Taken as a whole, the walk into Rutgers promised more than it delivered today: despite the beauty of the snow, I quickly started to loathe the people who hadn't conformed with Highland Park's edicts about snow clearance (303 S. 1st Ave - are you out there?) - and to hate even more vehemently New Brunswick, who hadn't thought to clear the footpath over the bridge, which was sixteen inches or so deep in snow, ice and slush.
But there were compensations - especially this wonderful sculpture on S. Adelaide - looking rather like an emaciated version of Margaret Thatcher decked out for Venetian carnivale (the lady's not for melting? certainly her heart seemed icy enough). These features had just melted enough for them to seem curiously blurry, especially given the contrast of the mauve ribbons and the splendid bling jewelry.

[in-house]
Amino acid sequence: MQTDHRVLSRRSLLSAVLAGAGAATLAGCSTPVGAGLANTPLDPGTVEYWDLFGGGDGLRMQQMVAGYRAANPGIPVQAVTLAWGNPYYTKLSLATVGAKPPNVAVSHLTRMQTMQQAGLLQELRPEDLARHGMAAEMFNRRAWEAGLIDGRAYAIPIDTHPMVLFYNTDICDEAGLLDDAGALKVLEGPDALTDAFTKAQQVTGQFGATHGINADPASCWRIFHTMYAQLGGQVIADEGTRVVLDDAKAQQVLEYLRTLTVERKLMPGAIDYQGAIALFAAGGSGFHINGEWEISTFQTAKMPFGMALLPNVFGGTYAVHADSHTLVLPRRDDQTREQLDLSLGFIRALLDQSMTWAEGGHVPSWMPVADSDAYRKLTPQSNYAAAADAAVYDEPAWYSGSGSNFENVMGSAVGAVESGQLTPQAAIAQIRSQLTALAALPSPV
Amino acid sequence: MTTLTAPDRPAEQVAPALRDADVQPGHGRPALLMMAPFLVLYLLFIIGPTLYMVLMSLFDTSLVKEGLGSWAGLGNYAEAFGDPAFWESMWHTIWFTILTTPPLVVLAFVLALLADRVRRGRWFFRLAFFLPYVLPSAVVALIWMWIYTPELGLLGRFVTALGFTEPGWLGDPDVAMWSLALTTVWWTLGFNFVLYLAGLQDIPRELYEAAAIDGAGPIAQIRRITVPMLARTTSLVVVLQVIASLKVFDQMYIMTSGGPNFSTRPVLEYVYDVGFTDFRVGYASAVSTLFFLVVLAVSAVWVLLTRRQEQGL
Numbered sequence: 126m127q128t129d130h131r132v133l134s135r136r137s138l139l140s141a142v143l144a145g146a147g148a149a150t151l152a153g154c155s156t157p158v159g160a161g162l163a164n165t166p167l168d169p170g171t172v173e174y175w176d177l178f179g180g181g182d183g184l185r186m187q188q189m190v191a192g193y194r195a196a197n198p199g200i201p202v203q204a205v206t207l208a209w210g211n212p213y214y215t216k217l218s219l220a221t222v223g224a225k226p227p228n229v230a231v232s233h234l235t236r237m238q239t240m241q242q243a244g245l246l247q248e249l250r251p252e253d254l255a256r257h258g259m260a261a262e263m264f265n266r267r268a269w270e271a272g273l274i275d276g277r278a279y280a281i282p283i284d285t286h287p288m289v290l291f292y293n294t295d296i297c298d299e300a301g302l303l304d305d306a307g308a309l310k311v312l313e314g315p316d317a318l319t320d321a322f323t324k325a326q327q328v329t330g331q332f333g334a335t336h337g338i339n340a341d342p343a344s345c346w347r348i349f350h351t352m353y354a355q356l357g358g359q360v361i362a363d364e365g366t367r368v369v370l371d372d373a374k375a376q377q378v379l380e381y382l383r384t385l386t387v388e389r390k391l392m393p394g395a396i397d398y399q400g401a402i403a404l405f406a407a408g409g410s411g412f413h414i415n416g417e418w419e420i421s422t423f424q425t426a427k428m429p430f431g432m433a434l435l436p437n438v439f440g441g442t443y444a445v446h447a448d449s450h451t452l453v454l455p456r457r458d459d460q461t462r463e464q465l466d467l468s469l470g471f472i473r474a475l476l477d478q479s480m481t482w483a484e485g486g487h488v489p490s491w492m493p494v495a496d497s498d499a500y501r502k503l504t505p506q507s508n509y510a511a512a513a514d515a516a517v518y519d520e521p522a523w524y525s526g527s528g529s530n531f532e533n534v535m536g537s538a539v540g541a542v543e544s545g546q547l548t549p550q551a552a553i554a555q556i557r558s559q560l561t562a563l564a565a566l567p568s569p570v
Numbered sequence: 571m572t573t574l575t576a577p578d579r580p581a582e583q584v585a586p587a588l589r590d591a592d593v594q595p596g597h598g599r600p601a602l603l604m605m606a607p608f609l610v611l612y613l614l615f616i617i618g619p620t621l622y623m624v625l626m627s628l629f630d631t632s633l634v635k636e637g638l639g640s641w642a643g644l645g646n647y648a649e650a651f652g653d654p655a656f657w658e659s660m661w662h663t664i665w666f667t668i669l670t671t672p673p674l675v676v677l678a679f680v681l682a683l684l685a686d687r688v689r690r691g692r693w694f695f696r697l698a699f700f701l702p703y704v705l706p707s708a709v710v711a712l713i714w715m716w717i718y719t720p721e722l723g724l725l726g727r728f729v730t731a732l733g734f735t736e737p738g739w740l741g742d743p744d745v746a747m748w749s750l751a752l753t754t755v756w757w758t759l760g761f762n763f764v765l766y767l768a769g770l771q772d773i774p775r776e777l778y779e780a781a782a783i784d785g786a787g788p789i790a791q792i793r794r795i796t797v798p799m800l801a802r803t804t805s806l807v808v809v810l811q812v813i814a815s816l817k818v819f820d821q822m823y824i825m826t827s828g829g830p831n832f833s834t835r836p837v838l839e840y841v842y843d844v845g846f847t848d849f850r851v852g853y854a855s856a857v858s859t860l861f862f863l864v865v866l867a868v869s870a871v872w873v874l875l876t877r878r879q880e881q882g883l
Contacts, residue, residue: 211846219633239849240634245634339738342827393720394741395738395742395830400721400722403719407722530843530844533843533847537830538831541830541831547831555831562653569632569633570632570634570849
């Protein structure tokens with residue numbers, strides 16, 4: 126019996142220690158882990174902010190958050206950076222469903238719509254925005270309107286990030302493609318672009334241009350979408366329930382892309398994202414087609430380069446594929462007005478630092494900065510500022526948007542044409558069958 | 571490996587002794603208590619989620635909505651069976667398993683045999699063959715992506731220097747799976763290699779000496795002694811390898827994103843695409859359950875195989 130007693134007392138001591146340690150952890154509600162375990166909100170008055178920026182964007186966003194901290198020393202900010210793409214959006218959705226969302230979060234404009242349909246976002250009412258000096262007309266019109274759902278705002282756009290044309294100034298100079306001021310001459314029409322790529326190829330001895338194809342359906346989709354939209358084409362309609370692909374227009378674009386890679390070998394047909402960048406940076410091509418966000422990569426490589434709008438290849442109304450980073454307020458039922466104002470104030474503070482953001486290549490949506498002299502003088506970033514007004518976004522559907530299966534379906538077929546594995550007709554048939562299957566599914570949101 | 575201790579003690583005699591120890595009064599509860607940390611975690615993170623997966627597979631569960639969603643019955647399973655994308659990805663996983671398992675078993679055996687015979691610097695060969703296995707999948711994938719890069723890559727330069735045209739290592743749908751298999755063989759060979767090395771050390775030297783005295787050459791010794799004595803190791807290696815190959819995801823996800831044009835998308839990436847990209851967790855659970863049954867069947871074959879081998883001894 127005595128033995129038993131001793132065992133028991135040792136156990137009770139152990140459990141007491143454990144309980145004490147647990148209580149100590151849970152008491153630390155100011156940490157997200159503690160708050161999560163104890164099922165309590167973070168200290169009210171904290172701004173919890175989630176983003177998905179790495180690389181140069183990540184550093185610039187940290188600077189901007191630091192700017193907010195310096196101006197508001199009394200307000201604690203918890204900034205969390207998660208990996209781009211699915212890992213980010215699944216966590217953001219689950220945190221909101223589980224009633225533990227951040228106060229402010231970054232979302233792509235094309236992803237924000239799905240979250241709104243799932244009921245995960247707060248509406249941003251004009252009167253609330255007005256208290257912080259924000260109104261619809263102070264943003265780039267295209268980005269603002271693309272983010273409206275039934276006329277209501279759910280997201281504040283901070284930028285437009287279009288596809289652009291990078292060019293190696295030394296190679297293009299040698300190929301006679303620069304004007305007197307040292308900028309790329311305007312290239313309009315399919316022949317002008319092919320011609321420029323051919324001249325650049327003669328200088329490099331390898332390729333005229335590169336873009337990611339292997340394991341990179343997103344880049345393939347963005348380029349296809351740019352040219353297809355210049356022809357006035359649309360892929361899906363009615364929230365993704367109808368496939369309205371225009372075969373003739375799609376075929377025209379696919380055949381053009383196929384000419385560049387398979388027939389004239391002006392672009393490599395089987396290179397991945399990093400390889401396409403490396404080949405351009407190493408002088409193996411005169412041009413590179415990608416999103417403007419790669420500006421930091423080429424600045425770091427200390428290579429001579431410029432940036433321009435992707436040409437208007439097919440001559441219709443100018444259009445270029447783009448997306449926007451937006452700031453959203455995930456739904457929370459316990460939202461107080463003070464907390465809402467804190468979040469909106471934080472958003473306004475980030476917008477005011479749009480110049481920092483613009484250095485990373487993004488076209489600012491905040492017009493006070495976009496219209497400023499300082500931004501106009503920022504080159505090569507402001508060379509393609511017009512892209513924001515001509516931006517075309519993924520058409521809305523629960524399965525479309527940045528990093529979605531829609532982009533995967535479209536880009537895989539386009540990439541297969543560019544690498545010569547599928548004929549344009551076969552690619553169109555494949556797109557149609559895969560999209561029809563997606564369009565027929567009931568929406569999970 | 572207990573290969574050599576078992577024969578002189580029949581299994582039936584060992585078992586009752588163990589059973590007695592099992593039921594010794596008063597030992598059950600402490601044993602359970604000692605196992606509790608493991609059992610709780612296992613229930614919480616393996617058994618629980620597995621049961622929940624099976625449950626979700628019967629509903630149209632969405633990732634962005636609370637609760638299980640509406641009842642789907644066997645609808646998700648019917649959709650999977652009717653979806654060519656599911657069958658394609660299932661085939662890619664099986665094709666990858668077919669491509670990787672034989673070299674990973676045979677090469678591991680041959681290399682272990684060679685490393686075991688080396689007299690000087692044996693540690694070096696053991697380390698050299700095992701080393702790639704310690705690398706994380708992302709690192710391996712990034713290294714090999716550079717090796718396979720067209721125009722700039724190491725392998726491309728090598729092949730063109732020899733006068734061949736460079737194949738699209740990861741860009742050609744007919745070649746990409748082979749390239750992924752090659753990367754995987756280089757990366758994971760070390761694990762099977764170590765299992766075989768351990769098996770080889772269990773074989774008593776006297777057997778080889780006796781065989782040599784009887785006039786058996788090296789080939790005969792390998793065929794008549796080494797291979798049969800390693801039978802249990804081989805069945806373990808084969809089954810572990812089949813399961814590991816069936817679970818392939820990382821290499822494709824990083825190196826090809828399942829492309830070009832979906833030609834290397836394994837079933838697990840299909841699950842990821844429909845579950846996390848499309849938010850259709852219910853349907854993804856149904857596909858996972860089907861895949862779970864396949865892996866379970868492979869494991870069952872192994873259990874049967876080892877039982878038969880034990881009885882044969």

I don't know what the house number was - I should check - I think it was in the 70s, nor whether a professional sculptor lives there now. But it's certainly an area of HP with a good artistic heritage: for three years, from 1960-63, Roy Lichtenstein lived and had his studio at 66 S. Adelaide. He was teaching at Douglass College at the time - a period where there was an extraordinary concentration of important studio artists working and studying there - Allan Kaprow, for example, developing his "Happenings," Lucas Samaras, and George Segal - he of the life-sized casts of humans, arranged in social, or more frequently anti-social groups, who lived on a chicken farm in South Brunswick... I have no idea whether there's any aesthetic lineage linking this icy aristocrat to them, but she has much more in common with Segal's slightly uncanny figures than with Lichtenstein's brash pop art.